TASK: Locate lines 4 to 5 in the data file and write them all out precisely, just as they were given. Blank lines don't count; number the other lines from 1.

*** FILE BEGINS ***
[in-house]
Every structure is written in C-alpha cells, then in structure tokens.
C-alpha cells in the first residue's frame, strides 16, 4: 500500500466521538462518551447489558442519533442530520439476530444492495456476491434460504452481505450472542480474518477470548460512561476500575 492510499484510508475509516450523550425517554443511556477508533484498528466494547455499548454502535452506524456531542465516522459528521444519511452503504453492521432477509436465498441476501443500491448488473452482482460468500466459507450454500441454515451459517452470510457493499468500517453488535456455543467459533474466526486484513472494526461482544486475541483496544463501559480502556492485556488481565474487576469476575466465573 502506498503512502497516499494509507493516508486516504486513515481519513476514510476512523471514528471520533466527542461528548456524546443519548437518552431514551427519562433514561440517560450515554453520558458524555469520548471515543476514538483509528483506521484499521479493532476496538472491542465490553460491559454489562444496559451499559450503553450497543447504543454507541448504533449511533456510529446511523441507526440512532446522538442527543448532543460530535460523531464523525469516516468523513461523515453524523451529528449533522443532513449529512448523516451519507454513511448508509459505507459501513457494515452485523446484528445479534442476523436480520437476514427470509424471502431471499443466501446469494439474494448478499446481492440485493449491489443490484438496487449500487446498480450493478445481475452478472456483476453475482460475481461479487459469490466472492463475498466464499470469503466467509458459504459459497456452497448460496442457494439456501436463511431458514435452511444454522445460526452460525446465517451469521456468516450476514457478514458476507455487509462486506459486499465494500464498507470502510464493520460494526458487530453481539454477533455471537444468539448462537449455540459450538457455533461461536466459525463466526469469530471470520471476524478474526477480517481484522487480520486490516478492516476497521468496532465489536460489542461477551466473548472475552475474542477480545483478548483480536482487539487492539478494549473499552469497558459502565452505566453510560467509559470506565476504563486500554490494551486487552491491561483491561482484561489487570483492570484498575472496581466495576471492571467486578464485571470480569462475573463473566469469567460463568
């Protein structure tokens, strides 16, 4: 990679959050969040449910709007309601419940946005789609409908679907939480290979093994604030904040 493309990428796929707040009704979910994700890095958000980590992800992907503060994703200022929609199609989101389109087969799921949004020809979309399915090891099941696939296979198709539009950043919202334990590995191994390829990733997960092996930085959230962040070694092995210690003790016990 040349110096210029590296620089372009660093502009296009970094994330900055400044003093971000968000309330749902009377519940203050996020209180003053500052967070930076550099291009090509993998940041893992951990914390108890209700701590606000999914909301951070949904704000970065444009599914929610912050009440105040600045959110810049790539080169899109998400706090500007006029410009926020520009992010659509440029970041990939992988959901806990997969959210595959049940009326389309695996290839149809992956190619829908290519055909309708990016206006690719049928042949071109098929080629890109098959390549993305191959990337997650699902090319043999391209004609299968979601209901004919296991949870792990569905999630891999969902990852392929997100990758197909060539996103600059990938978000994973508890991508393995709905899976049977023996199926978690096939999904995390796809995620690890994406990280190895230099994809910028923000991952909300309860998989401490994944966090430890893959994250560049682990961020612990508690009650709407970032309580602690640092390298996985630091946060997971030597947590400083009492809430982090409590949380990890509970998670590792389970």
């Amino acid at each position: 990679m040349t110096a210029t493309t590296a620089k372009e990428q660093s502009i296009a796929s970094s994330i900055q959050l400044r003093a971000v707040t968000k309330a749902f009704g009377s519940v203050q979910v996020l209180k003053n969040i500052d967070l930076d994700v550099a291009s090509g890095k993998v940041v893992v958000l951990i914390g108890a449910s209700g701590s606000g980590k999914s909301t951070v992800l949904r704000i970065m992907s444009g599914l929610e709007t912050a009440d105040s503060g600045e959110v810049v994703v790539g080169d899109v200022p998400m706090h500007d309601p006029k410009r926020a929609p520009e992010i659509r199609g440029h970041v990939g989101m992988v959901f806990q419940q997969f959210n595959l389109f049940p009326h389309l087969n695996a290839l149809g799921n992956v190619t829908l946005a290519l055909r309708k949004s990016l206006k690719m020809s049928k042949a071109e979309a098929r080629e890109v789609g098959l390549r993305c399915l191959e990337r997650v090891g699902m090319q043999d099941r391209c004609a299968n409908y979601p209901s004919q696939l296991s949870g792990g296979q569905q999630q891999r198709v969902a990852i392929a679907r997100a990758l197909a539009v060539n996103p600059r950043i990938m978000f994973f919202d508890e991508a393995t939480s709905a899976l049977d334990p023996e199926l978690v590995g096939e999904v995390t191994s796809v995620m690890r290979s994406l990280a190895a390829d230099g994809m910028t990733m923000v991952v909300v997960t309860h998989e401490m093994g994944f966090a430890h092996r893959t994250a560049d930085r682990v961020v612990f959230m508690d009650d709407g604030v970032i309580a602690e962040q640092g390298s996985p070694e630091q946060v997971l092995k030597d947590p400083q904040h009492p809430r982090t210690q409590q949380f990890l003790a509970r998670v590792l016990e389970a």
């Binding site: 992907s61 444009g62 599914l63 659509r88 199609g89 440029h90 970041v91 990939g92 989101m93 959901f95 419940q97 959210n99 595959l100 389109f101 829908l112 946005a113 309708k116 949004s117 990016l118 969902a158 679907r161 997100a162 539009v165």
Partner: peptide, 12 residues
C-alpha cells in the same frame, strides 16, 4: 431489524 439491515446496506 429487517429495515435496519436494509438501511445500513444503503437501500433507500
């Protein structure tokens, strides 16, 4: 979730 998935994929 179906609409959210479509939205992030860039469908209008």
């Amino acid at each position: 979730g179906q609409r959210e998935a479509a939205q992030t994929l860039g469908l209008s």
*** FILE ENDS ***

């Protein structure tokens, strides 16, 4: 990679959050969040449910709007309601419940946005789609409908679907939480290979093994604030904040 493309990428796929707040009704979910994700890095958000980590992800992907503060994703200022929609199609989101389109087969799921949004020809979309399915090891099941696939296979198709539009950043919202334990590995191994390829990733997960092996930085959230962040070694092995210690003790016990 040349110096210029590296620089372009660093502009296009970094994330900055400044003093971000968000309330749902009377519940203050996020209180003053500052967070930076550099291009090509993998940041893992951990914390108890209700701590606000999914909301951070949904704000970065444009599914929610912050009440105040600045959110810049790539080169899109998400706090500007006029410009926020520009992010659509440029970041990939992988959901806990997969959210595959049940009326389309695996290839149809992956190619829908290519055909309708990016206006690719049928042949071109098929080629890109098959390549993305191959990337997650699902090319043999391209004609299968979601209901004919296991949870792990569905999630891999969902990852392929997100990758197909060539996103600059990938978000994973508890991508393995709905899976049977023996199926978690096939999904995390796809995620690890994406990280190895230099994809910028923000991952909300309860998989401490994944966090430890893959994250560049682990961020612990508690009650709407970032309580602690640092390298996985630091946060997971030597947590400083009492809430982090409590949380990890509970998670590792389970």
């Amino acid at each position: 990679m040349t110096a210029t493309t590296a620089k372009e990428q660093s502009i296009a796929s970094s994330i900055q959050l400044r003093a971000v707040t968000k309330a749902f009704g009377s519940v203050q979910v996020l209180k003053n969040i500052d967070l930076d994700v550099a291009s090509g890095k993998v940041v893992v958000l951990i914390g108890a449910s209700g701590s606000g980590k999914s909301t951070v992800l949904r704000i970065m992907s444009g599914l929610e709007t912050a009440d105040s503060g600045e959110v810049v994703v790539g080169d899109v200022p998400m706090h500007d309601p006029k410009r926020a929609p520009e992010i659509r199609g440029h970041v990939g989101m992988v959901f806990q419940q997969f959210n595959l389109f049940p009326h389309l087969n695996a290839l149809g799921n992956v190619t829908l946005a290519l055909r309708k949004s990016l206006k690719m020809s049928k042949a071109e979309a098929r080629e890109v789609g098959l390549r993305c399915l191959e990337r997650v090891g699902m090319q043999d099941r391209c004609a299968n409908y979601p209901s004919q696939l296991s949870g792990g296979q569905q999630q891999r198709v969902a990852i392929a679907r997100a990758l197909a539009v060539n996103p600059r950043i990938m978000f994973f919202d508890e991508a393995t939480s709905a899976l049977d334990p023996e199926l978690v590995g096939e999904v995390t191994s796809v995620m690890r290979s994406l990280a190895a390829d230099g994809m910028t990733m923000v991952v909300v997960t309860h998989e401490m093994g994944f966090a430890h092996r893959t994250a560049d930085r682990v961020v612990f959230m508690d009650d709407g604030v970032i309580a602690e962040q640092g390298s996985p070694e630091q946060v997971l092995k030597d947590p400083q904040h009492p809430r982090t210690q409590q949380f990890l003790a509970r998670v590792l016990e389970a």